webshit weekly

An annotated digest of the top "Hacker" "News" posts for the last week of June, 2021.

A from-scratch tour of Bitcoin in Python
June 22, 2021 (comments)
An Internet is excited to find database service providers who accept Beenz as payment. Hackernews has also grunted out some Dunning-Krugerrand software, and we are provided links to all of it. Other Hackernews point out that the author has better shit to do, but this observation is redundant when discussing Bitcoin.

John McAfee found dead in Spanish jail after court approves extradition to US
June 23, 2021 (comments)
The sky lizards finally lock their deadly orgonite low-earth-orbit space lasers onto the one Earthling capable of unmasking the global adrenochrome laundering conspiracy. Hackernews have all, at one time or another, shared airspace with the deceased, and reminisce.

WD My Book users wake up to find their data deleted
June 24, 2021 (comments)
Plugging your data storage directly into the public internet continues to be a recipe for disaster; now, researchers discover that the odds of tragedy are greatly increased when the manufacturer stopped giving a shit about your particular product during the Obama administration. Hackernews is outraged that the manufacturer does not support a product a mere six years after announcing the end of support for that product.

User Inyerface – A worst-practice UI experiment
June 25, 2021 (comments)
The LinkedIn frontend development team posts their portfolio work. Hackernews, completely ignoring the point of the website, gets into a dick-measuring contest regarding who is the nimblest webshit navigator. The rest of the comments are Hackernews reporting aspects of the web site in question.

Reddit’s disrespectful design
June 26, 2021 (comments)
A webshit has opinions about Reddit, and questions the motivations of the interface designs, ignoring the repeated and almost-inescapable demands that we log in to Reddit and download the app. A former Reddit shows up in the comments to explain that everyone involved knew these decisions sucked, made them anyway, and made more money in the process. The rest of the comments are further complaints about Reddit.

Sriracha hit revenue of $150M a year with no sales team or ad spend
June 27, 2021 (comments)
An Internet is excited that a business is thriving. Hackernews shows up and explains to one another all the reasons it was obvious this would be the result, then why it's imperative that no computer-based business ever try to adopt any of these qualities, as venture capital is the only possible way to build a business in software. Or hardware. Or services.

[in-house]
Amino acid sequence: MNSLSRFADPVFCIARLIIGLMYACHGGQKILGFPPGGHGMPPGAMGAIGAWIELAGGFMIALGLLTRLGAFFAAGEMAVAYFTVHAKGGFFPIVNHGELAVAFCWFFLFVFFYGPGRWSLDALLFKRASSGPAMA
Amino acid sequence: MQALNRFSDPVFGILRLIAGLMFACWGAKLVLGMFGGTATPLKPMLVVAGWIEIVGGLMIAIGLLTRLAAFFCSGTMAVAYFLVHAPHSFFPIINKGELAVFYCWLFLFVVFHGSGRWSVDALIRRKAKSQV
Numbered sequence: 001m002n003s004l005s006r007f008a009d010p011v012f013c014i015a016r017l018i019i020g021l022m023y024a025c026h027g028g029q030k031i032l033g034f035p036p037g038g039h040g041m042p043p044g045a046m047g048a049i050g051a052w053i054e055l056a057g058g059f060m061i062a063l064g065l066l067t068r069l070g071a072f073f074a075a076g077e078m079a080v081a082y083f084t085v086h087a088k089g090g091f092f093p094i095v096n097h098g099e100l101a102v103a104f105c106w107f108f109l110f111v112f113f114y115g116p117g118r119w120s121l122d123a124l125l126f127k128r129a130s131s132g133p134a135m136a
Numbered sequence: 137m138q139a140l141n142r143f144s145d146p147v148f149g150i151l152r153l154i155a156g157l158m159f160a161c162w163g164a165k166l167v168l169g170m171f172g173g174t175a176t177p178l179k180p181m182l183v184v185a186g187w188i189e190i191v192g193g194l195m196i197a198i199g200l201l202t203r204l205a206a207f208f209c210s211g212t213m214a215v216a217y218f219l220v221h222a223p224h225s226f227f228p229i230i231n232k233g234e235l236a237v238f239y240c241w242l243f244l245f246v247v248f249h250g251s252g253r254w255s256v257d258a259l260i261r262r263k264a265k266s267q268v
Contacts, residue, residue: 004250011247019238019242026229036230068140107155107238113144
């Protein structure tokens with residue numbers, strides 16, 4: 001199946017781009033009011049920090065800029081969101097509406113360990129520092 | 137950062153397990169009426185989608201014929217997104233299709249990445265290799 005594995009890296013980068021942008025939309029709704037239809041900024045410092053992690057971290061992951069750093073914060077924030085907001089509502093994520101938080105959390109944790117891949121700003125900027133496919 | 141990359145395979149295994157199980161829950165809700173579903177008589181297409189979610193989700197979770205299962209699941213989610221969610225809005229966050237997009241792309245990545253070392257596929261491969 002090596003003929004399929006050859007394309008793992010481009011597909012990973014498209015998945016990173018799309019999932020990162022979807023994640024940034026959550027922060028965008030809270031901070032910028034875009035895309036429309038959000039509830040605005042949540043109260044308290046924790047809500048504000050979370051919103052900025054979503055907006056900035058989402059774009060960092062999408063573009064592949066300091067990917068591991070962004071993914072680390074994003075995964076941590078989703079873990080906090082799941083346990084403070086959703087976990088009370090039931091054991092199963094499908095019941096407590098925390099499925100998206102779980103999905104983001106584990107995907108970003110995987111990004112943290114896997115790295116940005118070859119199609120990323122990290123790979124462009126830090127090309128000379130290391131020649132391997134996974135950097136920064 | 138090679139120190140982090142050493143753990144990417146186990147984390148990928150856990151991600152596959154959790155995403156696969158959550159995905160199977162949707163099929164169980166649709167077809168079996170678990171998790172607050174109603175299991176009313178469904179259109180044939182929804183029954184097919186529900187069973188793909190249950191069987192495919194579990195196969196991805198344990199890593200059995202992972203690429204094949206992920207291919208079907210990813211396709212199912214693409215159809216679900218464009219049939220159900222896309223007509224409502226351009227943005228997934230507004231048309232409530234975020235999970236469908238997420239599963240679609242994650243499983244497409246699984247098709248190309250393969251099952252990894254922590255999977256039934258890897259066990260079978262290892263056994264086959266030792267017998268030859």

The 'Fuck You' Pattern
June 28, 2021 (comments)
More Internets bitch about more webshit. Hackernews bitches about similar misfeatures on non-network-based software, but other Hackernews arrive to reassure us that constant connectivity (and concomitant telemetry) is the lifeblood of any healthy programming endeavour. Without it, explains Hackernews, software engineers would never know how their dumber users interact with the computer, and would be unable to sell ad space to enable the accessible, resource-friendly, crash-free software which today we all enjoy.

GitHub Copilot: your AI pair programmer
June 29, 2021 (comments)
Microsoft puts every scrap of code they can find into an enormous meat grinder in order to build a digital twin of Stackoverflow. Hackernews explodes, expressing every possible reaction from "this toy has completely replaced my output at work" to "I am personally going to burn down the datacenter that dares host this monstrosity." The Hall Monitor reminds us that when there are a lot of comments, they are broken up into "pages," which can be considered as a subset of the available discussion, comprising the discussion's entirety when taken together. This turns out to be the most useful thing anyone has to say in the entire 1200-comment freakout.

GitHub co-pilot as open source code laundering?
June 30, 2021 (comments)
An Internet posts a wall of text pretending that anyone cares about the intellectual property rights of Github users. Hackernews enjoys imagining scenarios wherein not only does anyone care about Github users, but any court would ever hold Microsoft accountable for their actions, any person would be dumb enough to sue anything as rich as Microsoft, and anyone had any influence over the shit machine learning specialists will spend time on in lieu of causing their pet technology to demonstrate value to humanity.